Hydatid disease is a zoonosis caused by the larval stage of the tapeworm Echinococcus. Human infection is known to be caused by E. granulosus and E.multilocularis.
The hydatid cyst has three layers:
- Pericyst: the outermost layer which is composed of modified host cells forming a dense fibrous coat.
- Middle laminated membrane which is acellular
- Inner germinal layer which produces the scolices and laminated membrane.
The middle and germinal layers form the true cyst wall or the endocyst, although the middle layer is occasionally referred to as the ectocyst.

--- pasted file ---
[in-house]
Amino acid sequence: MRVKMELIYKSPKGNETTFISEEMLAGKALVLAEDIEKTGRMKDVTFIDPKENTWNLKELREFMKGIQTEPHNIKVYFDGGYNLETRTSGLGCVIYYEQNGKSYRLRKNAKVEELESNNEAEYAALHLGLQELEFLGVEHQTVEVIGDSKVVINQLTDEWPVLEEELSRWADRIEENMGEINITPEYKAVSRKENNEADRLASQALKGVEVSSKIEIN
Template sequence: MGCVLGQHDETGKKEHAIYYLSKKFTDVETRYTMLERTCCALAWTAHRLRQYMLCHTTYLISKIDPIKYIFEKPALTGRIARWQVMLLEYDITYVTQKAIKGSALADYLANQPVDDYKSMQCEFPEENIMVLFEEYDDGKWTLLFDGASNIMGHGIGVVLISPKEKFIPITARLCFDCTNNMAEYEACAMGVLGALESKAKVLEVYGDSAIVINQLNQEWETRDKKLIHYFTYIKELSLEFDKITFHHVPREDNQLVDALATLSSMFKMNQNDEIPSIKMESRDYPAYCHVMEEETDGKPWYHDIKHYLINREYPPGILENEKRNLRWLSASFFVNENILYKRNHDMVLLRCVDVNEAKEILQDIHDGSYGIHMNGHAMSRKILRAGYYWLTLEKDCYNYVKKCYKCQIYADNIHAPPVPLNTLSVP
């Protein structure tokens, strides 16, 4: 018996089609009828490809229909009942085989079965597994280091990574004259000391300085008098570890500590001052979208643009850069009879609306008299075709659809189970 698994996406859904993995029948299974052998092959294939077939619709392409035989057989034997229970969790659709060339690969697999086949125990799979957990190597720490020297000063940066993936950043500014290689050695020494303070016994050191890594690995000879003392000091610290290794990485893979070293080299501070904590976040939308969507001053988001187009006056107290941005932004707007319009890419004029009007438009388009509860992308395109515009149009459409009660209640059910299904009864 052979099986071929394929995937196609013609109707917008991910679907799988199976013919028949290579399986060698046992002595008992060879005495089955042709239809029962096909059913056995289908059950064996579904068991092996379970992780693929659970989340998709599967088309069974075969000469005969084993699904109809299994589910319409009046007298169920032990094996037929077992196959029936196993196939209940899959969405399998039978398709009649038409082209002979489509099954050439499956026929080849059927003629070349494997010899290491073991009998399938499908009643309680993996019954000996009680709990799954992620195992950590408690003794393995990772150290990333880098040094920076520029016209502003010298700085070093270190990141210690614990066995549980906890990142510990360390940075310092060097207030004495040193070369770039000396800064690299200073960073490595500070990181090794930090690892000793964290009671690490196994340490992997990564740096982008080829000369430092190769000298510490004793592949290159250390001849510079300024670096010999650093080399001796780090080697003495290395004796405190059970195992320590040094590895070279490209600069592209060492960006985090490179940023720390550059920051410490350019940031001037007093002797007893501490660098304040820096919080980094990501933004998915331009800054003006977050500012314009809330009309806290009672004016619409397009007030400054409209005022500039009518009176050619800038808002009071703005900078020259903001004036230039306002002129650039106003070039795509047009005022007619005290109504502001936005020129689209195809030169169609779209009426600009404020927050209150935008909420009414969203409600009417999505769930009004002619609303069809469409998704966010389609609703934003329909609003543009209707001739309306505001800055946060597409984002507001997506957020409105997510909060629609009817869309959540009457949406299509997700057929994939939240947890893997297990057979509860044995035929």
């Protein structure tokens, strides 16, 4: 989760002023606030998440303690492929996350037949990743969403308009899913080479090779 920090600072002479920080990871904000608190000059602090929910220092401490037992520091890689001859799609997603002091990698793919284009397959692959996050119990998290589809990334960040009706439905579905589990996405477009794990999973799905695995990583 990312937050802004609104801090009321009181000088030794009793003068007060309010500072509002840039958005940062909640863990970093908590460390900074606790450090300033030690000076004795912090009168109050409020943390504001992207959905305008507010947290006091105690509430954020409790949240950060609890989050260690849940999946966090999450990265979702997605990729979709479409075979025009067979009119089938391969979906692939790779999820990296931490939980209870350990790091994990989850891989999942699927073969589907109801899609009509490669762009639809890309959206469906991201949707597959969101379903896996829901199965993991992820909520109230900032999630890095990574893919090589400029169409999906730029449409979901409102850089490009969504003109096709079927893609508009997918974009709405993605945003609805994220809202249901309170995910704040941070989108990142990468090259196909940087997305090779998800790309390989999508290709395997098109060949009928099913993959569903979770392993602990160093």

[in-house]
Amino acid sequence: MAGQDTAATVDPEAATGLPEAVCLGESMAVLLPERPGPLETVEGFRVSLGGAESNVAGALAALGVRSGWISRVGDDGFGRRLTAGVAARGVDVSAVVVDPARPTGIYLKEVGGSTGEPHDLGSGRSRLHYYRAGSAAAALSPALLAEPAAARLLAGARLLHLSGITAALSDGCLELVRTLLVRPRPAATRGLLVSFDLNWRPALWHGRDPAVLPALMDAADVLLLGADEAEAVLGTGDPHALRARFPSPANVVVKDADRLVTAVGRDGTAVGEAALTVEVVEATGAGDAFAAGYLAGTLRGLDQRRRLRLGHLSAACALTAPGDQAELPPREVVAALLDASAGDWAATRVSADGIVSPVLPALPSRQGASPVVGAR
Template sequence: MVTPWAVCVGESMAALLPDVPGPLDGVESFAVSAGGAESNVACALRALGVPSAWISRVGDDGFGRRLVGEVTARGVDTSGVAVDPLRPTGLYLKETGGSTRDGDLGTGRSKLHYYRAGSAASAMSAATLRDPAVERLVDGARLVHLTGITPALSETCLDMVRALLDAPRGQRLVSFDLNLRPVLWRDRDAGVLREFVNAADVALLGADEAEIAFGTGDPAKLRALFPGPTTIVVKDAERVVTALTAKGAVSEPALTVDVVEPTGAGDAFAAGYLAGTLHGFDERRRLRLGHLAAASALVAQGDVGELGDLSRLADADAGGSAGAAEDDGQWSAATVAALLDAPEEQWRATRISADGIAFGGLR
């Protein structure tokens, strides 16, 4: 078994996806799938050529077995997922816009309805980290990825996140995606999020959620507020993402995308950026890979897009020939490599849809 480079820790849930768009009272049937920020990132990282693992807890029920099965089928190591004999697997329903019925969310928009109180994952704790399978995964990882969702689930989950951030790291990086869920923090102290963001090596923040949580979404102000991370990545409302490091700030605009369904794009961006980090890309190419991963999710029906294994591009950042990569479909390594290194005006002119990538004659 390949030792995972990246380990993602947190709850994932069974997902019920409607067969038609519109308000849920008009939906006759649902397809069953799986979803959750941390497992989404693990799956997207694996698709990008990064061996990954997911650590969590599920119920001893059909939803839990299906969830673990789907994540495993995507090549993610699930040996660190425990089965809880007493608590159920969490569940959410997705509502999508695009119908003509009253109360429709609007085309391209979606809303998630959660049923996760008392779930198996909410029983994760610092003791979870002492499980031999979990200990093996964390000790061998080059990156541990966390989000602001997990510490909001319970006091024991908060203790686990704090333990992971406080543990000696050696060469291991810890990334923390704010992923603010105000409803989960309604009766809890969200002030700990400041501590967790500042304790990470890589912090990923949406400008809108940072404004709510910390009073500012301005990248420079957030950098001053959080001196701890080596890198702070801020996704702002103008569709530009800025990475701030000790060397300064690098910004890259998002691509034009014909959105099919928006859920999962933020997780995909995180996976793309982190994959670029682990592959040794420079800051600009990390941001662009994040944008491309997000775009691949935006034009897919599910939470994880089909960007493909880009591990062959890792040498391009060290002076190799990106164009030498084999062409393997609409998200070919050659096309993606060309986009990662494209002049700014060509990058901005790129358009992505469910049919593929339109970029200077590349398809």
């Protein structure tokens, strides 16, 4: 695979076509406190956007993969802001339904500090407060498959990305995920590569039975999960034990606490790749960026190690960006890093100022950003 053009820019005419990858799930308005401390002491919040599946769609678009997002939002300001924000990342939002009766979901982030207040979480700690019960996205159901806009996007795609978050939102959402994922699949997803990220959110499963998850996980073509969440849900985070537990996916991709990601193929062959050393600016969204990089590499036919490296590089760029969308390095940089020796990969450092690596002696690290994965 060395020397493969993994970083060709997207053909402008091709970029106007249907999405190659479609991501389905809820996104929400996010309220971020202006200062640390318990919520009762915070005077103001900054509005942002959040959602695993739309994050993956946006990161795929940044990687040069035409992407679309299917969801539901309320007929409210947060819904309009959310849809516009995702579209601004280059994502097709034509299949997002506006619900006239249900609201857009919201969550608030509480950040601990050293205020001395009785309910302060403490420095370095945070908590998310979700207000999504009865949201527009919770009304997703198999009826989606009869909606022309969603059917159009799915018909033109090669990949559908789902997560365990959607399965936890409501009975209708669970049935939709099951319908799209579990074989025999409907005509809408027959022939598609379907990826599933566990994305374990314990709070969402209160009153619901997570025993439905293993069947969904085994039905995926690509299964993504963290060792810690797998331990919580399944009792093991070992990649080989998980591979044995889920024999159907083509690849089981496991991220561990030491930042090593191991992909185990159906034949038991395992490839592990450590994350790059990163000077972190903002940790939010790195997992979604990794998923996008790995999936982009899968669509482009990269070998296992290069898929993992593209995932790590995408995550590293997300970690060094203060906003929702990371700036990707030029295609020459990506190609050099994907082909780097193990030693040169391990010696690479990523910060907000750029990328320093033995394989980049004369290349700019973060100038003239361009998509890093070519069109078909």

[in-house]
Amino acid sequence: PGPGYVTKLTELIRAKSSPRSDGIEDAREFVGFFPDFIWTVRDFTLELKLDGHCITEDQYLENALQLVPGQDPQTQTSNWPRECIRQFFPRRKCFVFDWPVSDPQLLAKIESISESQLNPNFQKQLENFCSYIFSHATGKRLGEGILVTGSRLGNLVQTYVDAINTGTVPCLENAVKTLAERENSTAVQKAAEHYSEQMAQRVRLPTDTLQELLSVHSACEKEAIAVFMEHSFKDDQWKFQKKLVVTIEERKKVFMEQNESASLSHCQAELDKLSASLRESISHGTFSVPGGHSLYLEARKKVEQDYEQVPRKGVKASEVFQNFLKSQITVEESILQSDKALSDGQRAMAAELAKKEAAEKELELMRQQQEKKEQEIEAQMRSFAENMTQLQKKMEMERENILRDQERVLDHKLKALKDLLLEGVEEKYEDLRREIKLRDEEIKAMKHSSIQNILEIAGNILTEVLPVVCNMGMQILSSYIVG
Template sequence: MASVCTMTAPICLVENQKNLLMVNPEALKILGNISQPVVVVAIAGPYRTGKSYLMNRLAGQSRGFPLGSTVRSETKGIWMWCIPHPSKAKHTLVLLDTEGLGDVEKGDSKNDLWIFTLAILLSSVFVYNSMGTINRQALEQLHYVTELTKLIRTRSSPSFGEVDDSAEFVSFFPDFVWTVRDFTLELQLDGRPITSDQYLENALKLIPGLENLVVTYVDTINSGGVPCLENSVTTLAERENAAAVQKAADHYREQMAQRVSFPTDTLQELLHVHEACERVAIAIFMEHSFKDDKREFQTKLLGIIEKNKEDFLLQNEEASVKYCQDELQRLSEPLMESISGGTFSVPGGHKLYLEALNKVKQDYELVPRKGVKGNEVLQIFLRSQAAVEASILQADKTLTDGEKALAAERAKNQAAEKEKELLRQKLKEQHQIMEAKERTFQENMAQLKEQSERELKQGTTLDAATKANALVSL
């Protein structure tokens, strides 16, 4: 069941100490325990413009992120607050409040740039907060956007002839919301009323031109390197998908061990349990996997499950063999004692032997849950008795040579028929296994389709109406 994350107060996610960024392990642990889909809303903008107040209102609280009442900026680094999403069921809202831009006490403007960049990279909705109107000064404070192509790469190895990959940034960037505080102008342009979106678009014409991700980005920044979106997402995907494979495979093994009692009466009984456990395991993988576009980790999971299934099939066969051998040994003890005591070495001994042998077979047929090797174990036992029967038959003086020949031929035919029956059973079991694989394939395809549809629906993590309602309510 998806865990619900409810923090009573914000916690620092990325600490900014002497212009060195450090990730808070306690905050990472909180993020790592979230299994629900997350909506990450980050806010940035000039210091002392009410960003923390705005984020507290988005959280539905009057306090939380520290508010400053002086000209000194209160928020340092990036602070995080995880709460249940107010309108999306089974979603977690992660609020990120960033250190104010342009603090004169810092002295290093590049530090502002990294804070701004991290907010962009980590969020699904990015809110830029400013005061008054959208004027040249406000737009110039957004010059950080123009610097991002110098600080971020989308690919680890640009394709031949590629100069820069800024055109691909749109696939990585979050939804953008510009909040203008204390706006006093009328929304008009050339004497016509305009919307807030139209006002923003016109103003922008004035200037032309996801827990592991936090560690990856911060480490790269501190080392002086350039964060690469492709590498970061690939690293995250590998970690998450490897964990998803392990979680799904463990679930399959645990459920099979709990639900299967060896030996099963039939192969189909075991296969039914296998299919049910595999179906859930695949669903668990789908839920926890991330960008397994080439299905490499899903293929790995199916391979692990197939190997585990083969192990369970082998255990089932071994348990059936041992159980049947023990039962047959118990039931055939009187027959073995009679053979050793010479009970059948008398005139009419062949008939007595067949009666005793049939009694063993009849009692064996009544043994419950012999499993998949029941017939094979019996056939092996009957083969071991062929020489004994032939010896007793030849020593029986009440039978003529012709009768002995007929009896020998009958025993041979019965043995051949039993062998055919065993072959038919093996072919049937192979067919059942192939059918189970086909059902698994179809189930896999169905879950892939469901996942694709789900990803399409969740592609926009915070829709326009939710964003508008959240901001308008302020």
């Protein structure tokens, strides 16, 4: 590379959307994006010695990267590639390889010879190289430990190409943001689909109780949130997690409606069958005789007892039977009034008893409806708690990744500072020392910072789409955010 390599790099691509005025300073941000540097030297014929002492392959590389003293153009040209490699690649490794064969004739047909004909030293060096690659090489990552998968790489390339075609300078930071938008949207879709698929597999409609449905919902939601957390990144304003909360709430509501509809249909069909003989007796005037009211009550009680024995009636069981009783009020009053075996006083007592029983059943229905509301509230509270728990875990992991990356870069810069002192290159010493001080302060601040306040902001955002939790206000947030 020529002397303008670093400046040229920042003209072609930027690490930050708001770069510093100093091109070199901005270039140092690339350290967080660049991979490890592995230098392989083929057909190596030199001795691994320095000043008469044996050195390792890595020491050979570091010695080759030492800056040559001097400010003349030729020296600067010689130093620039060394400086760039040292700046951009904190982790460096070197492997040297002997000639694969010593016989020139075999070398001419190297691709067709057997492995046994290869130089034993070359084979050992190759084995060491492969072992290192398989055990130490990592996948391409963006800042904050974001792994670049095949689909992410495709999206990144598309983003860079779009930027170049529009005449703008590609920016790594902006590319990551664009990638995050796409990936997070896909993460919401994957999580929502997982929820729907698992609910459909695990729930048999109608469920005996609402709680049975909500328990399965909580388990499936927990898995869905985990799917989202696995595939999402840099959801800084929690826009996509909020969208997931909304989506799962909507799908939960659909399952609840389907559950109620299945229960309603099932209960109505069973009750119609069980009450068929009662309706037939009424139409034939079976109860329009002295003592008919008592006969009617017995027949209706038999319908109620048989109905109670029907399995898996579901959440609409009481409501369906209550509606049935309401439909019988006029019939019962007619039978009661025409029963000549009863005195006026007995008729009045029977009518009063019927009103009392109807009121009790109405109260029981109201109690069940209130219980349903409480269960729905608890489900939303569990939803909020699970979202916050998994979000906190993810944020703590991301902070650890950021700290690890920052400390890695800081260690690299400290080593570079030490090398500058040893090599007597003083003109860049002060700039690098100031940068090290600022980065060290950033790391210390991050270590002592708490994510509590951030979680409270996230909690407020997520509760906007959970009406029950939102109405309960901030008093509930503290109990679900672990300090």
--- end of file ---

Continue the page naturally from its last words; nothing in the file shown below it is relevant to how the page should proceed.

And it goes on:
The water lily sign is classically described in pulmonary hydatid disease on x-ray. However, "floating membranes" in a hydatid cyst can be seen on ultrasound and is referred to as "ultrasound water lily sign." According to the WHO classification of hepatic hydatid cysts, the water-lily sign is seen in stage CE3a, which represents a transitional stage between active and inactive disease. The mechanism of detachment of membrane is related to decreased intra-cystic pressure, degeneration, host response, trauma or following therapy.